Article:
February 7, 2019: Nutrition in Clinical Practice
Joy W Douglas, Jeannine C Lawrence, Lori W Turner, Linda L Knol, Amy C Ellis
BACKGROUND: Current guidelines discourage tube-feeding older adults with advanced dementia (AD), as this practice does not improve nutrition status or survival and decreases quality of life in these patients. Because registered dietitians (RDs) often provide feeding recommendations for patients with AD, this study aimed to identify factors that influenced RDs' feeding tube recommendations for older adults with AD. METHODS: A random sample of RDs who work with older adults in the United States completed a validated, electronic survey...
February 7, 2019: Nutrition in Clinical Practice
Grant E O'Keefe, Marilyn Shelton, Qian Qiu, Jose Cruz Araujo-Lino
BACKGROUND: Published guidelines recommend providing at least 2 g/kg/d of protein for critically ill surgical patients. It may be difficult to achieve this level of intake using standard enteral formulas, thus necessitating protein or amino acid supplementation. Herein, we report our approach to enteral protein supplementation and its relationship with urinary nitrogen excretion and serum transthyretin concentrations. METHODS: This was a retrospective cohort study in which we reviewed critically ill trauma and surgical patients treated with supplemental enteral protein according to a protocol aiming to deliver a total of 2 g/kg/d of protein...
February 7, 2019: Nutrition in Clinical Practice
Allison Gomes, Deborah Hutcheon, Jane Ziegler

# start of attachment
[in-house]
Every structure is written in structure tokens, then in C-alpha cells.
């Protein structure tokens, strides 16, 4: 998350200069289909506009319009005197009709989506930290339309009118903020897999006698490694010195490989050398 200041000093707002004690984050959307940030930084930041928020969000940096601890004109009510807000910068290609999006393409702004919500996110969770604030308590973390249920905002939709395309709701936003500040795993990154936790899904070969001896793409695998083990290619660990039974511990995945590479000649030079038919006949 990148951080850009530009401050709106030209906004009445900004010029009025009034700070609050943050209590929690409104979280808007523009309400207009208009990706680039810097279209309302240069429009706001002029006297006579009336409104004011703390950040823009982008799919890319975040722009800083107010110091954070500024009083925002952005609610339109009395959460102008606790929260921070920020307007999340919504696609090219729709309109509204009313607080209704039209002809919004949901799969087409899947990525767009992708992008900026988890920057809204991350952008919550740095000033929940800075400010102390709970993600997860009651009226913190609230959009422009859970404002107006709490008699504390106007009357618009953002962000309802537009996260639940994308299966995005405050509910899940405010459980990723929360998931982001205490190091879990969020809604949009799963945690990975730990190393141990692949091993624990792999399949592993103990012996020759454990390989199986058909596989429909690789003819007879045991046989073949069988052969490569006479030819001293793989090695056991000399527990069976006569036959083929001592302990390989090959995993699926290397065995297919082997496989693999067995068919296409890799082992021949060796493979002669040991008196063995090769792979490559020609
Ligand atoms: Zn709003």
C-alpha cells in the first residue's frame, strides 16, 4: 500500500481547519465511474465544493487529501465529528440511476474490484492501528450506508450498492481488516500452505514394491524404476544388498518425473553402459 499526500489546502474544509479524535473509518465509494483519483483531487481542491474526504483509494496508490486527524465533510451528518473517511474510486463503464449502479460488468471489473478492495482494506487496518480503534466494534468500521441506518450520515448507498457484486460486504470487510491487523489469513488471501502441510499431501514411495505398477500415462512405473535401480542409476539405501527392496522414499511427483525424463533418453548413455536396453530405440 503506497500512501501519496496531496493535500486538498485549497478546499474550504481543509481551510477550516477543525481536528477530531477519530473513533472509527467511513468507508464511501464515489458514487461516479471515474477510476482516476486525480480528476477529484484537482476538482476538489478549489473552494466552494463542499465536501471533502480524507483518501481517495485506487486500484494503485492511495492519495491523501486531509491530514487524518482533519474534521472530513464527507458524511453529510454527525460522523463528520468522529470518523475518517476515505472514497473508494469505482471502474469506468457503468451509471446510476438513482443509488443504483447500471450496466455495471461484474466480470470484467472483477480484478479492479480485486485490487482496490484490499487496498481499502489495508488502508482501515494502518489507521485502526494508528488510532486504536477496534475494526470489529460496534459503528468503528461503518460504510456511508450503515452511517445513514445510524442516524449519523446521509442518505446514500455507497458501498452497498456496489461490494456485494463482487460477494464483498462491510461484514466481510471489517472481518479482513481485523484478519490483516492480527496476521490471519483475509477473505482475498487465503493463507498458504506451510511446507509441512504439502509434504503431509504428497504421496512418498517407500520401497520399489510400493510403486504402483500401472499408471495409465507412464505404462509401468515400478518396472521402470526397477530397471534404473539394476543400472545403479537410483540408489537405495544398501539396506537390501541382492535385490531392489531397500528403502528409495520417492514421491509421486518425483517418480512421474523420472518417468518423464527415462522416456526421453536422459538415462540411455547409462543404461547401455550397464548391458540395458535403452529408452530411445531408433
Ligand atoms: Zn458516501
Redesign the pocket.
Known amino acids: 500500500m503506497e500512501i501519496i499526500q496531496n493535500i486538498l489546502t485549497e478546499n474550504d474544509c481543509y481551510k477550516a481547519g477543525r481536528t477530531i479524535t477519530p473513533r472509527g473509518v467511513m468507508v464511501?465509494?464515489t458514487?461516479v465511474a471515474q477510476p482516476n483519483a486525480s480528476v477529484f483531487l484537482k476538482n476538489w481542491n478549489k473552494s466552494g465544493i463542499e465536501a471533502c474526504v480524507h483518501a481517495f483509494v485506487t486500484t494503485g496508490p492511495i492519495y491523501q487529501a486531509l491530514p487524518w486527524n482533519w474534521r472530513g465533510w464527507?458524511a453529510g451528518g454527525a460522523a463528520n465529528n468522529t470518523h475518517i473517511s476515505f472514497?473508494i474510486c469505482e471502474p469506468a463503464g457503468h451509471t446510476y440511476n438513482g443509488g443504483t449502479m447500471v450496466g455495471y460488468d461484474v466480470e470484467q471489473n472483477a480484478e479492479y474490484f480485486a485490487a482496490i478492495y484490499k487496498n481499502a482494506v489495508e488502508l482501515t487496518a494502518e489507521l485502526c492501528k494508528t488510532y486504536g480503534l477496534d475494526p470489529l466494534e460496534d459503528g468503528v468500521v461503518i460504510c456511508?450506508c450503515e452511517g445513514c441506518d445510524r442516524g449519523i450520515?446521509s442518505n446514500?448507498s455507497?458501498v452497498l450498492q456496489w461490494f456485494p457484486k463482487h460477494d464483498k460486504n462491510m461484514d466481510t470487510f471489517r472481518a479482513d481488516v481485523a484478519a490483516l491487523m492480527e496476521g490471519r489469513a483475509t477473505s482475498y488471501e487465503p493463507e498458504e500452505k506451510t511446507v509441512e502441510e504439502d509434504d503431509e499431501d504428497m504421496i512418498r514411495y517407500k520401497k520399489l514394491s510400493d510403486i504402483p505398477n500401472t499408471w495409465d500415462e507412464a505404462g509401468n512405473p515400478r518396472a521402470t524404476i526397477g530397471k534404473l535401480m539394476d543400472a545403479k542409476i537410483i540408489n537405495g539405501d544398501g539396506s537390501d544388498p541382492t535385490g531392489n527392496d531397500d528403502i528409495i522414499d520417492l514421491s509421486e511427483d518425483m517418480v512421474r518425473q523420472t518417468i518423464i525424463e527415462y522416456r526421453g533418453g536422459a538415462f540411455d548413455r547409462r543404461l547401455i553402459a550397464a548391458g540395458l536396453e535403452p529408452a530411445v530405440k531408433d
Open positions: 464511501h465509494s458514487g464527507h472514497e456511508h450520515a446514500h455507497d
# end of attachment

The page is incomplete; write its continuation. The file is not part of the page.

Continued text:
The association between body mass index (BMI) and pulmonary function in patients with cystic fibrosis (CF) is well established, yet BMI as the sole indicator of nutrition status fails to assess body composition, specifically fat-free mass (FFM). Reduced FFM is a characteristic of undernutrition and is associated with decreased pulmonary function. A critical review of the literature was undertaken to explore available evidence on the use of FFM derived from dual-energy X-ray absorptiometry (DXA), compared with BMI, to assess pulmonary function and thereby nutrition status in patients with CF...
February 7, 2019: Nutrition in Clinical Practice
Mathias Krogh Poulsen, Lars Pilegaard Thomsen, Søren Kjaergaard, Stephen Edward Rees, Dan Stieper Karbing
BACKGROUND: Indirect calorimetry (IC) is considered the accurate way of measuring energy expenditure (EE). IC devices often apply the Haldane transformation, introducing errors at inspiratory oxygen fraction (FiO2 ) >60%. The aim was to assess measurement reliability and agreement between an unevaluated IC (device 2) (Beacon Caresystem, Mermaid Care A/S, Noerresundby, Denmark) not using Haldane transformation and an IC that does (device 1) (Ecovx, GE, Helsinki, Finland) at varying FiO2 ...
February 4, 2019: Nutrition in Clinical Practice